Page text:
Tag Archives: Chicago parking meters
The first thing Pablo Picker does after parking his pickup truck is to feed the meter.
Picker is a Boston based musician who’s taking his music to the streets–literally–playing music from the back of his truck sitting at parking meters in all 50 states.
This day he sits barefoot in the back of a pickup truck parked on Milwaukee Avenue in Chicago’s Wicker Park neighborhood, playing guitar and singing to a constantly changing audience of hipsters, commuters, parents and children walking by.
Picker had been playing in public for years, mainly in Boston’s Harvard Square where he saw many street musicians getting hassled by police for not having a permit. While Picker was smart enough to get his own busker license, he’s always been uncomfortable with the idea that musicians couldn’t just entertain people in public without the formality of a license.
So after recording a new album, he got the urge to get back on the street to share his music, and decided do a tour playing in public in all 50 states. But he was concerned about the possibility of getting on the wrong side of local law enforcement.
So he came up with a brilliant solution–parking meters.
It took over a year, but 44th Ward Alderman Tom Tunney finally was able to restore paid metered parking to Lakeview on Sundays.
Drivers had to start paying the meters Sunday, September 28th at metered parking spaces on major streets like Clark, Halsted, Broadway, Belmont, Southport and others from 10 AM until 8 PM. Monday through Saturday meters must be fed from 8 AM until 10 PM in most areas.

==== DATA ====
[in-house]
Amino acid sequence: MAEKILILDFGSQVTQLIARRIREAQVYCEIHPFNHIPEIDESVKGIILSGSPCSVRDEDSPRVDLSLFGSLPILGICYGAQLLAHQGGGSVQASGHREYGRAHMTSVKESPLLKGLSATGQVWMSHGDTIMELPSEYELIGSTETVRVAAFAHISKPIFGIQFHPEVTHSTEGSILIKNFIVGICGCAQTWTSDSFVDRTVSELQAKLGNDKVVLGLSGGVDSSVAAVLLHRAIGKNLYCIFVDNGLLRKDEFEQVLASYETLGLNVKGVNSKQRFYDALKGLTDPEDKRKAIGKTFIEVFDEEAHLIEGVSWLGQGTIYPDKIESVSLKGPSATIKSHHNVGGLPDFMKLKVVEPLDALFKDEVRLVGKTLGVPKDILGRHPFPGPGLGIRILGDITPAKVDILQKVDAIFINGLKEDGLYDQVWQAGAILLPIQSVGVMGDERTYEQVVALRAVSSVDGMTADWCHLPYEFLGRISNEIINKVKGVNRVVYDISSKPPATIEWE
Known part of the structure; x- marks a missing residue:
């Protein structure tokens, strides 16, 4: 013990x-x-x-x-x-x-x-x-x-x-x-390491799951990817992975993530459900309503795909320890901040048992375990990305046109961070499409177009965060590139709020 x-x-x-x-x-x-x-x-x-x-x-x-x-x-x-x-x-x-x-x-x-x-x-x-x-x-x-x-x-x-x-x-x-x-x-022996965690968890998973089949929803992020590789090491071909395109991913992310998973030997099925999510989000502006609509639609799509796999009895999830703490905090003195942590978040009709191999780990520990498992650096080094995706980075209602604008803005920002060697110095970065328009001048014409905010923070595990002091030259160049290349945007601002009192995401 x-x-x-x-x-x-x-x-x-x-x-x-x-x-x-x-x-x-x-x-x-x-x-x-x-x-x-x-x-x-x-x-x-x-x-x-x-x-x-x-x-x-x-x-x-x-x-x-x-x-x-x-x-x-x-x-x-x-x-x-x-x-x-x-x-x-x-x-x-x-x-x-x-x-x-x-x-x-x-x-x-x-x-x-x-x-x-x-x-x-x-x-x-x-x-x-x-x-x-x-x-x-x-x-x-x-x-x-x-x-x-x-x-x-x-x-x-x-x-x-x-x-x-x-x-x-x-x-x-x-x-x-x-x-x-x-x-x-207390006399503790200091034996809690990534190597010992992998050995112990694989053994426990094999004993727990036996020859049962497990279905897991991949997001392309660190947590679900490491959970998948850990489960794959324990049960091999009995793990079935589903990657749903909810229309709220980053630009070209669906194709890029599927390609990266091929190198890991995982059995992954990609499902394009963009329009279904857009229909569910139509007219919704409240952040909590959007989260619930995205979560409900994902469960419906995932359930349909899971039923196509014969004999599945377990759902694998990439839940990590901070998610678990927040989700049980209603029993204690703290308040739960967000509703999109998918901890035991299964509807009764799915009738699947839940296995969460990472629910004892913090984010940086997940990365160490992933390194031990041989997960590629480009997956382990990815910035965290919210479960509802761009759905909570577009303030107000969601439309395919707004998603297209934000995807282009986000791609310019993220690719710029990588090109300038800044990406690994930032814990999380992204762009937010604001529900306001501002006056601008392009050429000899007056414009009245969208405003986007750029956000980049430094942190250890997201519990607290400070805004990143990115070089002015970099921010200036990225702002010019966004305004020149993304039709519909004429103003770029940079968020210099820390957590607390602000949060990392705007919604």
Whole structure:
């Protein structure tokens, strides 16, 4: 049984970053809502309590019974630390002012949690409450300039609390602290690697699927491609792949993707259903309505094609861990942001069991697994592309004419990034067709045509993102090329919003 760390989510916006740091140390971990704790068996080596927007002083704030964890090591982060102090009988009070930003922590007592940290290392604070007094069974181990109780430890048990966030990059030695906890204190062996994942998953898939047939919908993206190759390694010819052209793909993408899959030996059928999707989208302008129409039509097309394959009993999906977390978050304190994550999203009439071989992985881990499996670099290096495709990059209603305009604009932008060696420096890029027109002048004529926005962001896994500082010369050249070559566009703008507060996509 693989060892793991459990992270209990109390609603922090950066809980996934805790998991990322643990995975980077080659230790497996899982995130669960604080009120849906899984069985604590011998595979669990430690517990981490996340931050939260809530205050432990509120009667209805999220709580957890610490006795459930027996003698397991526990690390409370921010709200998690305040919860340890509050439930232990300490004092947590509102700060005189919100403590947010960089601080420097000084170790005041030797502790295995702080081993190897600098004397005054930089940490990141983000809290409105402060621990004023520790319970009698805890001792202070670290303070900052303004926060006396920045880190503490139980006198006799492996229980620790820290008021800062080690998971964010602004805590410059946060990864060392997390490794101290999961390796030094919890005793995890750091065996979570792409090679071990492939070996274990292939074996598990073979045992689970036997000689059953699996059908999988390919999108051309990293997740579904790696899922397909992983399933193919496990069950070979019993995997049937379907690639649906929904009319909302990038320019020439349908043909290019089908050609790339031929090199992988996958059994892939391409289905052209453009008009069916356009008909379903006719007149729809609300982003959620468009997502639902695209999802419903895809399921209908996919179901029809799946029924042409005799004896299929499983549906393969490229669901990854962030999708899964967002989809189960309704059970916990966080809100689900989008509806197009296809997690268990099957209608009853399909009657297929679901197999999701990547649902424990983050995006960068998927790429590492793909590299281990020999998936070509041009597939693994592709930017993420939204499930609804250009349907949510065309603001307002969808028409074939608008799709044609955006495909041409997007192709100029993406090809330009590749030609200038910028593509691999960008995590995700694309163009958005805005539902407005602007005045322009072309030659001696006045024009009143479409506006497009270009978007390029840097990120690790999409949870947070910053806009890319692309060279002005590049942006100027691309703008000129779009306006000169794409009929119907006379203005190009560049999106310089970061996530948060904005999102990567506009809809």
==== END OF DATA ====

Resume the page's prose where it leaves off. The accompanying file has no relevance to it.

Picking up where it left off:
The alderman told DNA Info a few weeks ago, the move was necessary to promote turnover of parking spaces to allow more people to find parking to shop in Lakeview.
“Saturday and Sunday are the No. 1 and 2 days of economic activity in the ward,” Tunney said. “We need the turnover specifically on those busiest days.
Fox Chicago News and a bevy of other media outlets picked up on The Expired Meter’s story on the issues with ParkChicago users getting ticketed while paid up using the app.
Newsradio 780′s Nancy Harty also had a short radio report as well.
City officials confirm that 317 drivers using the recently released ParkChicago pay-by-phone app have reported receiving tickets for an expired-meter violation — even though there was still time on the meter — in the first two months since the app’s rollout began in May.
Chicago Parking Meters spokesman Scott Burnham said only a small percentage of parkers who used the app have gotten tickets, although he didn’t say how many times the app had been used overall to pay meters.
The city has issued 81,868 expired-meter tickets to all parkers citywide since the app became available, although most of those went to parkers using the pay boxes on the street.
The ParkChicago app debuted to great fanfare in a West Loop pilot test in mid-April. It allows drivers to use their Android or iOS smartphones to pay their parking meter without having to walk to the parking meter paybox.
Read more at DNA Info Chicago.
In an awesome job of re-reporting a story reported by The Expired Meter two months ago, the Chicago Tribune recently published a piece breaking down numbers which shows the city is paying less to Chicago Parking Meters, LLC than it had previously.
Again, as originally reported back in May, Mayor Rahm Emanuel’s administration renegotiated the much criticized parking meter lease deal signed by Mayor Richard Daley in 2008. Under the revised deal, numbers seem to indicate that payments made to CPM for temporary meter closures, metered spaces taken out of service and other events reducing the value of the metered parking system have been drastically reduced.